“”I’m not going to make a lot on the hardware, but I’m going to make up for it in professional services, I’m going to make up for it in software,”” Fernandez says. And while the customer pays monthly, HP pays him the full value of the sale in advance.
“”You’re getting your money up front,”” he observes. “”You’re not having to wait for a customer over a three-year period to pay you back.”” And when those three years are up, he adds, you get to pocket more money supplying replacement hardware.
“”There’s so many wins at the end in why you’d want to do this that I find it hard to think of why you wouldn’t,”” says Fernandez, noting that ImageNet’s success with as-a-service hardware won it HP’s DaaS partner of the year award in 2019.
Trox, for its part, takes bundling up a notch by turning hardware/software/services packages into complete, industry-specific solutions for K-12 and higher education customers. Demand among clients for remote and hybrid learning solutions in particular, according to Pikar, has been strong since COVID-19’s arrival.
“”They started with using Zoom and Teams, and then started adding additional software and very specific audio and panels to allow kids to look at teachers from the right angles and look at the teacher and the whiteboard at the same time, and to give the teacher the ability to collaborate and keep track of which kids are engaged and looking at the screen,”” he says.
Choosing the right components, deploying, integrating, and maintaining them, and training people to use them all generate revenue, Pikar continues, and customers are usually more than willing to pay for those services. “”The number of technology professionals [schools] have per user is somewhere between 1/10th and 1/20th of what corporate America has, so they really don’t have enough resources to support even the old type of platform they had two or three years ago.””
Acquiring the skills and industry know-how to provide that support takes years, Pikar adds. “”It sort of has to slowly build its way into your DNA.”” Outsourcing services to distributors in the early going, though it dilutes margins, can shorten the process.
“”It’s a good way to get into it,”” Pikar says.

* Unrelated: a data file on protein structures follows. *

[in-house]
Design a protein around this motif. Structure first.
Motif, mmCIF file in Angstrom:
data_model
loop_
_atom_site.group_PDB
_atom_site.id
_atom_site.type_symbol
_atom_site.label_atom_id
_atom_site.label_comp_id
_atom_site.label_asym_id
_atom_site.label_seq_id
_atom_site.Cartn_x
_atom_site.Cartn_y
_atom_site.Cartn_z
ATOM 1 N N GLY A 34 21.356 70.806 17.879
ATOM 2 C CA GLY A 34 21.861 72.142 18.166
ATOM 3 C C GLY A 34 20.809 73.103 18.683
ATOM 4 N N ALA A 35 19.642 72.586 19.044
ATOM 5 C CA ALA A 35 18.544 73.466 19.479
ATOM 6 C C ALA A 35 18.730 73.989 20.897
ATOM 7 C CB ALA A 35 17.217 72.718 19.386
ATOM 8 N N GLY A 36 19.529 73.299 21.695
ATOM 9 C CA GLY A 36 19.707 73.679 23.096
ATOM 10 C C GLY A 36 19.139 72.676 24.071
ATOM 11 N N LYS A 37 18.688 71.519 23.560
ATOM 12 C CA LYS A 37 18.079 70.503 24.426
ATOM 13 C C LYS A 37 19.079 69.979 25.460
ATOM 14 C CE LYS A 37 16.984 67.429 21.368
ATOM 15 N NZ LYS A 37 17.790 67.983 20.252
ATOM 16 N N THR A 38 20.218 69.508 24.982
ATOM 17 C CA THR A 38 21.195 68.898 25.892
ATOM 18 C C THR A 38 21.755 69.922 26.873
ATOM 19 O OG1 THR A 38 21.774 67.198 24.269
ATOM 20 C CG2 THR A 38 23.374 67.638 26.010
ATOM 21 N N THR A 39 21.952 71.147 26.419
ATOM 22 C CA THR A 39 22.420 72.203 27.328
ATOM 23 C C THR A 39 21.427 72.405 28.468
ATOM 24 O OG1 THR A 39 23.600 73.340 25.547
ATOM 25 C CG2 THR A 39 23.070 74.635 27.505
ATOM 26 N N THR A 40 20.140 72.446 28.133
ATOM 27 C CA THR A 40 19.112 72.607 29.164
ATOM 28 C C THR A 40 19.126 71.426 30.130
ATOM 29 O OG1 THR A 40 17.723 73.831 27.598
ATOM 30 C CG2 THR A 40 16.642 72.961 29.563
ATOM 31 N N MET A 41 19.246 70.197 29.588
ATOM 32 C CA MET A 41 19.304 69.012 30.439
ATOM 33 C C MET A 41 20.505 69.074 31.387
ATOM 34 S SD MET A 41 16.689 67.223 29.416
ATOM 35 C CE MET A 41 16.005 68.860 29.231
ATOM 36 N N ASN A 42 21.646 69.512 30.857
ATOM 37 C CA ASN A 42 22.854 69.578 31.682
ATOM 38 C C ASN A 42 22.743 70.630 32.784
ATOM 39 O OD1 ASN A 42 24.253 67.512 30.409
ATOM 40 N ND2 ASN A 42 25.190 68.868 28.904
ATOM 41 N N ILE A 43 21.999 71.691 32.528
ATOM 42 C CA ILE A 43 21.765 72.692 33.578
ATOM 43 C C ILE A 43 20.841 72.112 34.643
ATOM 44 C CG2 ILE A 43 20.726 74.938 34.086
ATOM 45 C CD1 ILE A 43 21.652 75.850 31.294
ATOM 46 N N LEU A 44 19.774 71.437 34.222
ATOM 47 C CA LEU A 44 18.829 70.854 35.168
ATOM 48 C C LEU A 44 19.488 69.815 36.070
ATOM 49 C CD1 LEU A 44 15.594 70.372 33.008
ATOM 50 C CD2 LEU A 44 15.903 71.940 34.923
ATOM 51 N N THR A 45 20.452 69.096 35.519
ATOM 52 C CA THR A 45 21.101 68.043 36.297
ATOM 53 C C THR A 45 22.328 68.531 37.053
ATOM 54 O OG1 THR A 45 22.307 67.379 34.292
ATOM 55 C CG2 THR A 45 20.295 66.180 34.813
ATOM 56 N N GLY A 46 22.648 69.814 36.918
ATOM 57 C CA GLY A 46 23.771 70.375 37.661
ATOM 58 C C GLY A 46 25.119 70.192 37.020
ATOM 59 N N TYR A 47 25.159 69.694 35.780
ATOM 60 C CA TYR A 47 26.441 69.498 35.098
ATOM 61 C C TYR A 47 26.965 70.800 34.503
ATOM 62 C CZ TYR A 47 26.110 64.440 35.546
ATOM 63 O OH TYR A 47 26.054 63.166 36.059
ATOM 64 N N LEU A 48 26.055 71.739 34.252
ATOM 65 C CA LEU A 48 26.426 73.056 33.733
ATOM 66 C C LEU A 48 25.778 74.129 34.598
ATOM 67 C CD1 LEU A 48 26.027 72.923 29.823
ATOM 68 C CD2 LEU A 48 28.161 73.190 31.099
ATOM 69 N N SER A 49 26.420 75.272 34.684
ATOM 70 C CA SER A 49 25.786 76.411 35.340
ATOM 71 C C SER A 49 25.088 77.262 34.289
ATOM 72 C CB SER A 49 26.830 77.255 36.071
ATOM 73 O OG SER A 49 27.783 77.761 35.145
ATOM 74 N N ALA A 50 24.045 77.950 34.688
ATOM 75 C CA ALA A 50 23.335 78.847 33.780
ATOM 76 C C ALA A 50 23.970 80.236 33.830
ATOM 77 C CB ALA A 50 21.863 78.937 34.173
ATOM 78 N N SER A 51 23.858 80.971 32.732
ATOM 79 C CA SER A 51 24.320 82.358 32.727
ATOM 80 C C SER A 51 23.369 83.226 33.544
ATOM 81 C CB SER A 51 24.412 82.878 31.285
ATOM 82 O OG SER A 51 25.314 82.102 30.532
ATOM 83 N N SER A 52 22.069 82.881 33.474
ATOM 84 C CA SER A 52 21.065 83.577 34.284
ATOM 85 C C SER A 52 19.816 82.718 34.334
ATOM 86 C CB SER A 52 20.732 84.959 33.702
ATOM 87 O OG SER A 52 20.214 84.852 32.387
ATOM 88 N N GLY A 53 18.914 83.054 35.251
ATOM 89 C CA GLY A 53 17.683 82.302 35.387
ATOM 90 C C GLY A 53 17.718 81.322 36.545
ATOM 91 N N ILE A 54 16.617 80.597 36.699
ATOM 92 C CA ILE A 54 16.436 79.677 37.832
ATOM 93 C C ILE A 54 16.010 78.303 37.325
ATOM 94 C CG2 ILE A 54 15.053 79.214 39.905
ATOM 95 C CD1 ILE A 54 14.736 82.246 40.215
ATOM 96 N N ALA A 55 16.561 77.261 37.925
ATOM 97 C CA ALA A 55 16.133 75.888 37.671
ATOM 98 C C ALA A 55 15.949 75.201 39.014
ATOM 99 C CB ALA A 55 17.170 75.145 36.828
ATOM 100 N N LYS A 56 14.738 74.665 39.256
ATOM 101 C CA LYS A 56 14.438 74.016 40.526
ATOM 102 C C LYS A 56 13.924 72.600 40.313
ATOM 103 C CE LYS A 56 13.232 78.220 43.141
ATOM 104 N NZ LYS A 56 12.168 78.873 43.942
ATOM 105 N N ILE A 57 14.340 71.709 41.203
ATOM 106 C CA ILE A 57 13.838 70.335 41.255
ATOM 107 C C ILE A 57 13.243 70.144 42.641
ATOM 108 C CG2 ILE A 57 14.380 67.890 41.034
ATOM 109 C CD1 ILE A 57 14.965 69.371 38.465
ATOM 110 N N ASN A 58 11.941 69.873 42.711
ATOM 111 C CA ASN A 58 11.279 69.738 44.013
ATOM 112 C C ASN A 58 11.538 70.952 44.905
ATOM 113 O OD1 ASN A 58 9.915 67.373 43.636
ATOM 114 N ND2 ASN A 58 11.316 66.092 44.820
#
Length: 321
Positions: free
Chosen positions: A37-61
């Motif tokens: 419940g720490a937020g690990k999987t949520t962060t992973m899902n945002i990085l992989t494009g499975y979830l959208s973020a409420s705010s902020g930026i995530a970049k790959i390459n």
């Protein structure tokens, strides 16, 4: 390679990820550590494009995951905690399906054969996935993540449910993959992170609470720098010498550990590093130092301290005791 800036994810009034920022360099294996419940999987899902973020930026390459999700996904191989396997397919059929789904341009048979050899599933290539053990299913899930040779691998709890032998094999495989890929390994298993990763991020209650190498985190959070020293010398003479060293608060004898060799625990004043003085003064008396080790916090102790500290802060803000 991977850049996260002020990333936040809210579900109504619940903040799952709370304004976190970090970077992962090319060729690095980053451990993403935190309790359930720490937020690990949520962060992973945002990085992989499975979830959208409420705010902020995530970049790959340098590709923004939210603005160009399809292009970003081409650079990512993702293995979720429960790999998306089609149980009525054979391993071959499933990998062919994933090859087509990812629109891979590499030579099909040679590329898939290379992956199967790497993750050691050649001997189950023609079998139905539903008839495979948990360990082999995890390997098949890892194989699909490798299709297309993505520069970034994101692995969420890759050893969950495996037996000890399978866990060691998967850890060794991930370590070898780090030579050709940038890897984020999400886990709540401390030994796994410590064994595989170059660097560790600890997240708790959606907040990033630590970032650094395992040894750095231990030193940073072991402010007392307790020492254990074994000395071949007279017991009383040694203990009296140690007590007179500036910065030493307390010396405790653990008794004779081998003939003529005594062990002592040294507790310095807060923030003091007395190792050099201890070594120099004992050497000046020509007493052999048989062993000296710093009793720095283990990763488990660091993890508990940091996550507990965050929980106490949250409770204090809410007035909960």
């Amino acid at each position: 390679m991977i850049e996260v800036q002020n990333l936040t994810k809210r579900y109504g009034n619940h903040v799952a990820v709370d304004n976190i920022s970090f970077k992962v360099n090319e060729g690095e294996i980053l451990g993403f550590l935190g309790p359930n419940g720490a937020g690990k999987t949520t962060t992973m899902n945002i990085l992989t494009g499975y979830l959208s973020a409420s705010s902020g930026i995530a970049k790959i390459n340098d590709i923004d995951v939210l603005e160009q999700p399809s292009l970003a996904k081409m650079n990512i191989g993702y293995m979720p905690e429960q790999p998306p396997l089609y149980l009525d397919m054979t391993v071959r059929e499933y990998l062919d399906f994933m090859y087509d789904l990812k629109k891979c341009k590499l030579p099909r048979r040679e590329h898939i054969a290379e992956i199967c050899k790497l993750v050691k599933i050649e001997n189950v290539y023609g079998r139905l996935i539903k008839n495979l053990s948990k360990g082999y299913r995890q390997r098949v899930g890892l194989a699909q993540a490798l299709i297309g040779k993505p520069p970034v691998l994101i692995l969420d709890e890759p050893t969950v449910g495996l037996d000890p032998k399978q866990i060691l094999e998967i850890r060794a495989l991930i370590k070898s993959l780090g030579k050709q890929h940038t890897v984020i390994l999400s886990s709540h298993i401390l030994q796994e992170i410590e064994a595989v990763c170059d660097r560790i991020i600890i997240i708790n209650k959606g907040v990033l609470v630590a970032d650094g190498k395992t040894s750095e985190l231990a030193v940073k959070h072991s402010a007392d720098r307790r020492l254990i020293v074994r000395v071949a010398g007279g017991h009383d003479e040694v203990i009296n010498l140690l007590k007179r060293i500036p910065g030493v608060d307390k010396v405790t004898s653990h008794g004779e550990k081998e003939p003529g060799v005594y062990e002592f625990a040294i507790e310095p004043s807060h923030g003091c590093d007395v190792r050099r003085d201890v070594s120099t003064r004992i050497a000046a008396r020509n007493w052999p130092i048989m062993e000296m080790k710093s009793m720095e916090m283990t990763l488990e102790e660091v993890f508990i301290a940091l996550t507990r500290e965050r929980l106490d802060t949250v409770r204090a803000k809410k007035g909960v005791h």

Beyond the PC
Remote learning systems are but one example of hardware-heavy opportunities that rely little, if at all, on PCs. Take digital signage, for example. Interest in touchless interactive displays among hospitals, museums, and retailers has climbed dramatically in the last year. “”Even at sit-down restaurants, you’re transacting with technology at the table,”” observes Fernandez, who expects businesses to continue spending on immersive, contact-free signage solutions well after the pandemic subsides.
Spending on audiovisual solutions, meanwhile, is likely to increase in coming years as businesses install bigger displays, better speakers, and more sensitive microphones in conference rooms that must now accommodate in-person and work-from-home meeting attendees simultaneously. Distributors can help channel pros close skills gaps here too, observes Vu, who regularly leverages pro AV services from D&H.
“”You kind of get the base information of what the client is looking for and some of the measurements of the room or the location that it’s going in,”” he says. D&H architects and installers do the rest.
Devices elsewhere in the office can also produce revenue, according to Blanco, whose clients are increasingly deploying video surveillance cameras, smart thermostats, smart bulbs, and other Internet of Things hardware, as well as software and panels for controlling them. In addition to one-time installation fees, he says, IoT projects often spur businesses to add or upgrade switches, routers, and firewalls.
Don’t forget the back office either. Businesses are investing in private clouds running on converged and hyperconverged infrastructure even as adoption of public clouds soars, according to Craig McLellan, CEO of Etobicoke, Ont.-based cloud solution provider ThinkOn. Platforms like Amazon Web Services and Microsoft Azure may be scalable and efficient, he notes, but their restrictive data egress policies make using them a little like staying at the Hotel California: You can check out anytime you like, but you can never leave.
“”My view is why not give people the benefits of cloud economics on-prem,”” says McLellan, whose company sells turnkey private clouds featuring Lenovo servers stocked with VMware vCloud and backup software from Veeam. Users agree to a minimum financial commitment but pay mostly for what they consume at rates that include remote management.
An even simpler yet also lucrative ThinkOn offering combines Lenovo hardware, Veeam software, and a custom anti-ransomware solution to form purpose-built backup appliances with integrated off-site disaster recovery. “”It’s almost impossible for a customer to recreate this on their own without going through an extremely large amount of effort,”” says McLellan, who charges anywhere from 2.5 to 8 cents a gigabyte for capacity and maintenance. A cold-storage appliance could soon follow.
“”The customer is going to trust us with their backups. Well, the next logical thing would be to trust us with their archive,”” McLellan says.
Anticipating and acting on needs like that is the ultimate secret to prosperity in the hardware market. Blanco points to a friend of his who runs a networking solution provider as further proof. The company recently landed a deal with a building management business that’s currently rolling out hundreds of keyless, smartphone-controlled front door locks, and needs help with the Wi-Fi portion of the project.
“”He’s doing really, really, really well right now,”” Blanco says. Others can do the same.
“”There’s a ton of opportunity out there,”” he adds. “”You just have to really keep your ear to the ground and recognize it.””